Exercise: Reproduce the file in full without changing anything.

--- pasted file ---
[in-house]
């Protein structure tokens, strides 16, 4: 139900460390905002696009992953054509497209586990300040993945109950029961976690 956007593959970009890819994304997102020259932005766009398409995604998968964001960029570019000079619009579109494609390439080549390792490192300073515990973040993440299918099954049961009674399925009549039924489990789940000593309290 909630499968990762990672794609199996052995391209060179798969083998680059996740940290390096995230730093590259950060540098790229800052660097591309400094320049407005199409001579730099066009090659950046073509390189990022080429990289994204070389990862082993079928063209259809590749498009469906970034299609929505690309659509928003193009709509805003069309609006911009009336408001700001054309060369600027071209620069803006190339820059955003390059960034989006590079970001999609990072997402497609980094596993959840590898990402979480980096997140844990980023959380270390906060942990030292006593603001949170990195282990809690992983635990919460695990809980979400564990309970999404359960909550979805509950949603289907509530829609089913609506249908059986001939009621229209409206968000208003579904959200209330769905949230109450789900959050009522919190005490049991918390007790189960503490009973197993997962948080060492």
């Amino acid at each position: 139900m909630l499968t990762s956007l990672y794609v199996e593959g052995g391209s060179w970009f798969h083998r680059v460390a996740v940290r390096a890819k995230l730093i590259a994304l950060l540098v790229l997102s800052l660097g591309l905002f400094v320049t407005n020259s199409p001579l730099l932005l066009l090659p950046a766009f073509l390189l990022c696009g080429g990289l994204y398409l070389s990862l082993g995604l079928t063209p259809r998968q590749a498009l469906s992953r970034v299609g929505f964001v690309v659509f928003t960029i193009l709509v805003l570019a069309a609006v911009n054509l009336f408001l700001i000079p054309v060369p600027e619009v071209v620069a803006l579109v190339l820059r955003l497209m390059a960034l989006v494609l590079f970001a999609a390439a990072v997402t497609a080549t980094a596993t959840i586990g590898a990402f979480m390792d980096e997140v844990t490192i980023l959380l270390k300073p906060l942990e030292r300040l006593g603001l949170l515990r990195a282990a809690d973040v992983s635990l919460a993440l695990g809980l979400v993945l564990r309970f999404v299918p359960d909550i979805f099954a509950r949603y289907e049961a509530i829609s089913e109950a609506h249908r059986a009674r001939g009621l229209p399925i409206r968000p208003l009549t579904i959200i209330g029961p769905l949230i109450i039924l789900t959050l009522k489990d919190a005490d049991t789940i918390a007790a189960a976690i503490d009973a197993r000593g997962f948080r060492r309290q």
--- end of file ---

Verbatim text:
[in-house]
């Protein structure tokens, strides 16, 4: 139900460390905002696009992953054509497209586990300040993945109950029961976690 956007593959970009890819994304997102020259932005766009398409995604998968964001960029570019000079619009579109494609390439080549390792490192300073515990973040993440299918099954049961009674399925009549039924489990789940000593309290 909630499968990762990672794609199996052995391209060179798969083998680059996740940290390096995230730093590259950060540098790229800052660097591309400094320049407005199409001579730099066009090659950046073509390189990022080429990289994204070389990862082993079928063209259809590749498009469906970034299609929505690309659509928003193009709509805003069309609006911009009336408001700001054309060369600027071209620069803006190339820059955003390059960034989006590079970001999609990072997402497609980094596993959840590898990402979480980096997140844990980023959380270390906060942990030292006593603001949170990195282990809690992983635990919460695990809980979400564990309970999404359960909550979805509950949603289907509530829609089913609506249908059986001939009621229209409206968000208003579904959200209330769905949230109450789900959050009522919190005490049991918390007790189960503490009973197993997962948080060492």
């Amino acid at each position: 139900m909630l499968t990762s956007l990672y794609v199996e593959g052995g391209s060179w970009f798969h083998r680059v460390a996740v940290r390096a890819k995230l730093i590259a994304l950060l540098v790229l997102s800052l660097g591309l905002f400094v320049t407005n020259s199409p001579l730099l932005l066009l090659p950046a766009f073509l390189l990022c696009g080429g990289l994204y398409l070389s990862l082993g995604l079928t063209p259809r998968q590749a498009l469906s992953r970034v299609g929505f964001v690309v659509f928003t960029i193009l709509v805003l570019a069309a609006v911009n054509l009336f408001l700001i000079p054309v060369p600027e619009v071209v620069a803006l579109v190339l820059r955003l497209m390059a960034l989006v494609l590079f970001a999609a390439a990072v997402t497609a080549t980094a596993t959840i586990g590898a990402f979480m390792d980096e997140v844990t490192i980023l959380l270390k300073p906060l942990e030292r300040l006593g603001l949170l515990r990195a282990a809690d973040v992983s635990l919460a993440l695990g809980l979400v993945l564990r309970f999404v299918p359960d909550i979805f099954a509950r949603y289907e049961a509530i829609s089913e109950a609506h249908r059986a009674r001939g009621l229209p399925i409206r968000p208003l009549t579904i959200i209330g029961p769905l949230i109450i039924l789900t959050l009522k489990d919190a005490d049991t789940i918390a007790a189960a976690i503490d009973a197993r000593g997962f948080r060492r309290q």